Should black and white pictures be black and white?

Discussion in 'Photoshop Tutorials' started by Derek Fountain, Dec 18, 2005.

  1. Now, here's a daft sounding question. :eek:)

    I've got an old photo from the 50's that I need to restore. It's a bit
    faded and has several orange-ish blotches, but this is basically a dust
    and scratches job.

    The thing is, the photo has a slight discolouration. My instinctive
    reaction was, well, this was taken as a black and white shot, so any
    colour in there must be discolouration. But moving the saturation slider
    right down to zero makes the photo look a bit flat. There's something
    not right, but I can't quite put my finger on what it is.

    So, my first question is, are black and white photos by definition all
    shades of grey, or do they actually have a hint of colour in them?
     
    Derek Fountain, Dec 18, 2005
    #1
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  2. Go here and check out the current challenge
    http://www.curvemeister.com/Challenge/

    It's a color photo where almost all the dyes are faded out. There is
    something called split toning where different values are toned with
    different chemicals. This usually makes a photograph lasts longer...and
    yours isn't so old really.
     
    Gene Palmiter, Dec 18, 2005
    #2
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  3. Derek Fountain

    Lorem Ipsum Guest

    It is possibly discoloration due to a rushed printing job (not thoroughly
    washed, or possibly fixed). It could also be intentional toning. If it's a
    little snapshot, it's probably the former.

    You might enjoy the outcome if you convert it to monochrome, then play with
    mode-duotone or mode-tritones.
     
    Lorem Ipsum, Dec 18, 2005
    #3
  4. Derek Fountain

    tacit Guest

    Probably contrast, which you can adjust by Image->Adjust->Curves. (Avoid
    Image->Adjust->Brightness/Contrast; it degrades the quality of the image
    by clipping hilight and shadow detail.)
    A neutral-tone black and white photograph is shades of gray, and has no
    color in it.
     
    tacit, Dec 19, 2005
    #4
  5. Derek Fountain

    Lorem Ipsum Guest

    As usual, tacit is correct - but some old B&W photos are stained due to
    negligence during processing. This is important - if you have stained B&W,
    do not change the mode to 'monochrome' until you think you are done because
    you can use curves to match them to the gray tone they should be.
    Desaturating alone won't always do the trick.

    If we are lucky, the Curvemeister will chime in here with specific help.

    (sorry for nit-picking tacit)
     
    Lorem Ipsum, Dec 20, 2005
    #5
  6. Derek Fountain

    Clyde Guest

    Except when you tone the B&W print. In the old days, I toned most of my
    B&W prints. This was to help preserve the print. (I thought I was making
    art that needed to last for at least a century. <ha>)

    I can't remember any toners that didn't leave some color to the B&W
    print. They would often improve the richness of the print. So it was
    part of the process to enhance the picture.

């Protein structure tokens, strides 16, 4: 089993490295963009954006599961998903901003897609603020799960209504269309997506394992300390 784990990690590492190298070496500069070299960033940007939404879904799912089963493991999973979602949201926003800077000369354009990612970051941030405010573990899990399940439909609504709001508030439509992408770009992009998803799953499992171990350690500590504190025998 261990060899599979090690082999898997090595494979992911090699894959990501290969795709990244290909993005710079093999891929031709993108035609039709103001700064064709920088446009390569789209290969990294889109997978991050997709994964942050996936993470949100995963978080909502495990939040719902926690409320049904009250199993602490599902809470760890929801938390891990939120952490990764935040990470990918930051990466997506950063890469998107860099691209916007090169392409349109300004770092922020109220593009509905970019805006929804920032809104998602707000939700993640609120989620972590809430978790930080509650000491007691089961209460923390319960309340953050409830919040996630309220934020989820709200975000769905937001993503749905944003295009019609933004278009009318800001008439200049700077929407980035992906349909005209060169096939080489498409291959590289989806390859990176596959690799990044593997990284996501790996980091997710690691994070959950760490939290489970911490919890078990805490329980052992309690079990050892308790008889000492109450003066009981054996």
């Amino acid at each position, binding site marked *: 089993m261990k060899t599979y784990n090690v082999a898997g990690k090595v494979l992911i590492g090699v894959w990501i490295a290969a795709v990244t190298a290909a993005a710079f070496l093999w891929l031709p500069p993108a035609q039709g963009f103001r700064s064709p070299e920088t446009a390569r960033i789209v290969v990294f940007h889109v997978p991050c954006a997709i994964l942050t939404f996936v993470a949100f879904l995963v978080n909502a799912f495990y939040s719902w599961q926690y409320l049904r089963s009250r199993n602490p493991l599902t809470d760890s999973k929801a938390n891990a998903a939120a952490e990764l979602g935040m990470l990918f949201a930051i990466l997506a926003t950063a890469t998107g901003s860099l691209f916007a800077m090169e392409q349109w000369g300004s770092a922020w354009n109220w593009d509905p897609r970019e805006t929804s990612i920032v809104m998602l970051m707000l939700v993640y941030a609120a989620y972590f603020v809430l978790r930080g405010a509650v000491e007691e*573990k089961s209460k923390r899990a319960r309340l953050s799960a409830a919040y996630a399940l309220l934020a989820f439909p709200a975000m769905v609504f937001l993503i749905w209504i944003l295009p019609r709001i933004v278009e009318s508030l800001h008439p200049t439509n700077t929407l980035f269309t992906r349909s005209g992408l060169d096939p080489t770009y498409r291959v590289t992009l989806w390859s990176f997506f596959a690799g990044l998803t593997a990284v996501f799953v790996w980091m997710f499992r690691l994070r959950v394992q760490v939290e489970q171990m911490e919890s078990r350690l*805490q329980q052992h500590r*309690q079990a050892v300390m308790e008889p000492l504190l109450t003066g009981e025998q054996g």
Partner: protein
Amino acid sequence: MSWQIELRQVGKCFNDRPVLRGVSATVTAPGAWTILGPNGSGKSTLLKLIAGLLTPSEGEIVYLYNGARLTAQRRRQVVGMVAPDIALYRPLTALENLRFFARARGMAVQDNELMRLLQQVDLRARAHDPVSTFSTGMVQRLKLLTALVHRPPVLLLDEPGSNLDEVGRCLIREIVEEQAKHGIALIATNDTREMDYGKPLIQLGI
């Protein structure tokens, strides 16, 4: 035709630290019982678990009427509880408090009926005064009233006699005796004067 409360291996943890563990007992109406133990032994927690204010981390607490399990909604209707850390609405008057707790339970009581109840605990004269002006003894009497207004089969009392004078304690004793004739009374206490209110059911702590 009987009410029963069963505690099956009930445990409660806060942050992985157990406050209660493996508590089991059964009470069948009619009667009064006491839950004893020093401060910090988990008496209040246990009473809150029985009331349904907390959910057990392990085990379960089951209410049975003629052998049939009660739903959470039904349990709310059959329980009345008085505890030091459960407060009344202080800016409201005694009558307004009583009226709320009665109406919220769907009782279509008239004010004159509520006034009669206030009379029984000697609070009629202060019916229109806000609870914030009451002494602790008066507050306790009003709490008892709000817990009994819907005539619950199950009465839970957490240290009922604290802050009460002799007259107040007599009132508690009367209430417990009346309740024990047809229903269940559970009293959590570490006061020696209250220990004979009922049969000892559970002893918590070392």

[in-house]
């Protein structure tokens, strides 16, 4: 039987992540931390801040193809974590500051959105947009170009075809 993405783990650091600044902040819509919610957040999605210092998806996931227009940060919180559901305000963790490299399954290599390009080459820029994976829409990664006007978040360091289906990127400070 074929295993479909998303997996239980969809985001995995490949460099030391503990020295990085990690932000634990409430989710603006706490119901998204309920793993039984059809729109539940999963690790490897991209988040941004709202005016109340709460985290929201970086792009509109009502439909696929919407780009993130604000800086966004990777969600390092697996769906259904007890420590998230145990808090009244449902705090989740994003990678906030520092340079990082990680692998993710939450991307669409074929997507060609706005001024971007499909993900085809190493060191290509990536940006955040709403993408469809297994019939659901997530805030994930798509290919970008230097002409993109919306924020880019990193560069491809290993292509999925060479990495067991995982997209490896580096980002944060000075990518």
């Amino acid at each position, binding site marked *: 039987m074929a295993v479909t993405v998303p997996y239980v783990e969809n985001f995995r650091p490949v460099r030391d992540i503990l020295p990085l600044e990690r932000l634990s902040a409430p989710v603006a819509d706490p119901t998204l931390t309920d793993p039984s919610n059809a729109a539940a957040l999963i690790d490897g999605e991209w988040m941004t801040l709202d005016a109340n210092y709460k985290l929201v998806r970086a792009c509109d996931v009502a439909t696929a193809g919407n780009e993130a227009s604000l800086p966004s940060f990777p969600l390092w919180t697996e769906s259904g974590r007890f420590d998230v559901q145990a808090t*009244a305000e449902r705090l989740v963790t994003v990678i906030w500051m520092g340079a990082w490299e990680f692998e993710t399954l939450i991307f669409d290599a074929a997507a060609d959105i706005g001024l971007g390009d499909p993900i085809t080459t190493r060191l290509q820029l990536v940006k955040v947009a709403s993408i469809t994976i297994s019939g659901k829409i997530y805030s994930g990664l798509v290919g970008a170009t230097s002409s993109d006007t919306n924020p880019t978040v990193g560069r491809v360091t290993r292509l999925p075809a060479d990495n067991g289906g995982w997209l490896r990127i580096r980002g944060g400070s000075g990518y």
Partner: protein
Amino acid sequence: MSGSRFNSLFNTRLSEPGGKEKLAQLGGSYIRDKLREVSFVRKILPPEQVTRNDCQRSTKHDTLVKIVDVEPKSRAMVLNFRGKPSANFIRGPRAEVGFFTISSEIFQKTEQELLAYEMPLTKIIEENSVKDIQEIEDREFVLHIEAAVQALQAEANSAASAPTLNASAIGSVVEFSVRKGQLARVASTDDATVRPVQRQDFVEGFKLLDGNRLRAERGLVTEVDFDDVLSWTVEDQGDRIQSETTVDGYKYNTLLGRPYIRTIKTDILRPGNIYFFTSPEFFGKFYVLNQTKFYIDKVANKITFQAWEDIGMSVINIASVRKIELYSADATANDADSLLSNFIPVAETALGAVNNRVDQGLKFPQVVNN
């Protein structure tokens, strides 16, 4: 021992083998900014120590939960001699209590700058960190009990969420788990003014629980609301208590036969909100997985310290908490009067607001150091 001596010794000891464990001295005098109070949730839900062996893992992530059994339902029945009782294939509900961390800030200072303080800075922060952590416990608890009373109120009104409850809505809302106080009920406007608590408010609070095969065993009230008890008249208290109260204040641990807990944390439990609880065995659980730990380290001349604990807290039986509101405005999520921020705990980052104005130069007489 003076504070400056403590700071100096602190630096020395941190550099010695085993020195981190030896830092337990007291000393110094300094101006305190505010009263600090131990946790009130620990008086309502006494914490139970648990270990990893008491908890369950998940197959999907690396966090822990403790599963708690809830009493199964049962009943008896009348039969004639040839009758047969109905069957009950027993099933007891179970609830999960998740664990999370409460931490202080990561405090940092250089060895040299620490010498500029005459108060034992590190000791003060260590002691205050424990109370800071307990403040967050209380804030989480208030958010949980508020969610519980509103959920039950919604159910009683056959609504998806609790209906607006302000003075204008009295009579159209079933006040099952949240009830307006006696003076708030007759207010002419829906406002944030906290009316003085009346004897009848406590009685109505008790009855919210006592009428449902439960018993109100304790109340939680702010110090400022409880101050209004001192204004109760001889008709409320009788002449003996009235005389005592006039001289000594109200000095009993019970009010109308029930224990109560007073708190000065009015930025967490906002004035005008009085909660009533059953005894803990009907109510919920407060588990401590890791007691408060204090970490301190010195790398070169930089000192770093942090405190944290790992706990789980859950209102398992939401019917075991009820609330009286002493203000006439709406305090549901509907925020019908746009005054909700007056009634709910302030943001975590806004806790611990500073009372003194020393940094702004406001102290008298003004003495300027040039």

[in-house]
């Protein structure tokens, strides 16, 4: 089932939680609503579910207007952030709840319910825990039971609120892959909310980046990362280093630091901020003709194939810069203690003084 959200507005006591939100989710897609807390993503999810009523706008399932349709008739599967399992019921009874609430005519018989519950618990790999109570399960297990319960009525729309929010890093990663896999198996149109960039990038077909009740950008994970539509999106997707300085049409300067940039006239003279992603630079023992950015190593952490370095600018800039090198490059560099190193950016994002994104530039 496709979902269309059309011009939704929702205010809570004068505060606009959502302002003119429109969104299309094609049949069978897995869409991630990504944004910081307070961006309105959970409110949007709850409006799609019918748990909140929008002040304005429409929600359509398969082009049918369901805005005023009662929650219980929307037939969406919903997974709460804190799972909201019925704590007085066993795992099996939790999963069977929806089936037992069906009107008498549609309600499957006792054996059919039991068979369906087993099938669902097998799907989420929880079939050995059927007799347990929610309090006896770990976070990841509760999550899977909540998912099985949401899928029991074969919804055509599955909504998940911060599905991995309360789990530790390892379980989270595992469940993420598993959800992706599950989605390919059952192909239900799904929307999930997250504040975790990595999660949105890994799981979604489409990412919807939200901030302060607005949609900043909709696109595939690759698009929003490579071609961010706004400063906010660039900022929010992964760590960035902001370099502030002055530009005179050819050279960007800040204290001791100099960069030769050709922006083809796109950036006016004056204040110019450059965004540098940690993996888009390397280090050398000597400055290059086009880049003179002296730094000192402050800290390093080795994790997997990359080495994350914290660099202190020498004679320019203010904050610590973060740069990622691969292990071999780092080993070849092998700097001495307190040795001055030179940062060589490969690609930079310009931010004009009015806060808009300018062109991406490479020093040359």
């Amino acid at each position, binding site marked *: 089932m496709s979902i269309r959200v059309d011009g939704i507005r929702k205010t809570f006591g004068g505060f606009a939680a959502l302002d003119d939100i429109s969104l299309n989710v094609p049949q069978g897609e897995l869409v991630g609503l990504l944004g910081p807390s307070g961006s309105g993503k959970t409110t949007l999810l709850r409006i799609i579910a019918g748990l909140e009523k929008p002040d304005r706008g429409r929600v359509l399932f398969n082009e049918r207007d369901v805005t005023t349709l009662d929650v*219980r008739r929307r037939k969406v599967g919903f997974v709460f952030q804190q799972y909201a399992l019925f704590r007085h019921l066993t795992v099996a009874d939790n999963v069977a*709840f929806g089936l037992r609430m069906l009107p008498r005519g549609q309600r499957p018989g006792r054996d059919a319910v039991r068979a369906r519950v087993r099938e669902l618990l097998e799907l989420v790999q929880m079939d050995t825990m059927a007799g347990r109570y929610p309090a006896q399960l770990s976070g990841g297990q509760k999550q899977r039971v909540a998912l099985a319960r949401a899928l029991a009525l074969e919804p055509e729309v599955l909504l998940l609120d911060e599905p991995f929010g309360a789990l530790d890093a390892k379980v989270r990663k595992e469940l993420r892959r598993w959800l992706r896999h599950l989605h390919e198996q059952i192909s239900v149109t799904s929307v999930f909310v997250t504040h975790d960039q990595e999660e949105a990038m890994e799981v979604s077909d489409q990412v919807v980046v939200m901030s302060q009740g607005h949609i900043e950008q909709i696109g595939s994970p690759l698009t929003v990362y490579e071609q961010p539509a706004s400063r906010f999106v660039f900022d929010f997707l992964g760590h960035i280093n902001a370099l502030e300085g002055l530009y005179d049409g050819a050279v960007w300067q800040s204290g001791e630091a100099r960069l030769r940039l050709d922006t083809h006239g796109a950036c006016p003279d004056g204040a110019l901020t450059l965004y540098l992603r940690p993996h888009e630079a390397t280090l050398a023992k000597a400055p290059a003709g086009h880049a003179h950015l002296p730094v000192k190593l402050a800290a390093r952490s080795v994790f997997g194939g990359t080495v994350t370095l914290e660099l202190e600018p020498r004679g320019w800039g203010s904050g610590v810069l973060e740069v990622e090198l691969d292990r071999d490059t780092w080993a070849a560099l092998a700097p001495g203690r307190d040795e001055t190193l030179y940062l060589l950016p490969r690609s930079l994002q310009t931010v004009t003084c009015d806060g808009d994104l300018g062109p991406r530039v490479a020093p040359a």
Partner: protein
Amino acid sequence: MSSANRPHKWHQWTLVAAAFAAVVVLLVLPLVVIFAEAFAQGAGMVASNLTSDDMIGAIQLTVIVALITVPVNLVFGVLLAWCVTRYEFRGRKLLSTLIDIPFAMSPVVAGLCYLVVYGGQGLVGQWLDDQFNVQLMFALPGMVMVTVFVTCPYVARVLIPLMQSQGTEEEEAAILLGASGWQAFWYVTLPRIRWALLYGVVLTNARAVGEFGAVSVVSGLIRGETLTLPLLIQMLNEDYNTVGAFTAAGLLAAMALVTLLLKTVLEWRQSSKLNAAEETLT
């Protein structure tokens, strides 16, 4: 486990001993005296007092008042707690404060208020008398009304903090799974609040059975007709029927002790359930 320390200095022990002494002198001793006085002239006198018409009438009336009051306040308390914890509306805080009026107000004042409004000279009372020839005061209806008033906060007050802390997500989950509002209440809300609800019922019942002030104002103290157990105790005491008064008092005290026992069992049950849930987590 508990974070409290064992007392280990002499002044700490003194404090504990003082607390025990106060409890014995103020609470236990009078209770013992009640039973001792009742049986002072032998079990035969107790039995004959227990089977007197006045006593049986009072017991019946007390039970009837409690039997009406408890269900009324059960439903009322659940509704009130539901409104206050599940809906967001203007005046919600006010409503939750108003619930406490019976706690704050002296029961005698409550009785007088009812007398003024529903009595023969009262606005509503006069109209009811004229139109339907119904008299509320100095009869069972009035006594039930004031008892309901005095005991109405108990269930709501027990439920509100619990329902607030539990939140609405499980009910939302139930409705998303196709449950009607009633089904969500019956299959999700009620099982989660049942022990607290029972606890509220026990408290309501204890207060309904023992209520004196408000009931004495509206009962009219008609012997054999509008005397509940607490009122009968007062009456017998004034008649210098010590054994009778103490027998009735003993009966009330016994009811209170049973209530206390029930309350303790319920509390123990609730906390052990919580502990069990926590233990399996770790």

I guess I did so much of that during the wet years that I've continued
    into the Photoshop darkroom. I still "tone" all my B&W prints by making
    them duotones. This looks good to me and it improves the picture. Well,
    it uses the color inks to make a smoother print.

    Clyde
     
    Clyde, Dec 20, 2005
    #6
  7. Derek Fountain

    Lorem Ipsum Guest

    Hold on, Partner. We ain't dead yet. We still tone images the 'old' way.
     
    Lorem Ipsum, Dec 20, 2005
    #7
  8. I read something recently...maybe at luminous landscape...that indicated
    that my printer, don't know about others, the Epson 2200, uses all the inks
    even when printing a BW image. This gives better tones, but can leave a
    cast. So, I duotone so I can control the cast should I prefer a warm tone or
    a cold one.

    Note that in the prehistoric days of wet processes not all toning gave as
    strong an effect as sepia. I have used selium and gold, both of which are
    cold and rich..but not strong.
     
    Gene Palmiter, Dec 21, 2005
    #8
  9. Derek Fountain

    Clyde Guest

    Ah, you are getting rarer and rarer. I dumped all my "wet" stuff on eBay
    about 3 years ago. I was using Photoshop for many years before that and
    finally made the move. I have not regretted it for a minute.

    There always will be someone doing "wet" photography. In the history of
    art, no new media has eliminated any old media. Of course, the old media
    may not have much of a market; hence Kodak's ending of B&W paper
    manufacturing.

    There will always be companies like "Photographer's Formulary" that will
    have the stuff you need to do the old, out-of-market processes. It may
    cost you to buy supplies in such a small market, but the dedicated nut
    won't mind.

    New technology might even help the old. I never shot bigger than a 4x5
    camera. That doesn't make very big platinum prints. I've been tempted to
    get a platinum kit and frame and make some platinum prints from digital
    negatives. That is something that I really couldn't do before.

    Clyde
     
    Clyde, Dec 21, 2005
    #9
  10. Derek Fountain

    Skinner1 Guest

    Ya. Converting to Monotone and touching up might be the only way to
    go.
     
    Skinner1, Dec 28, 2005
    #10
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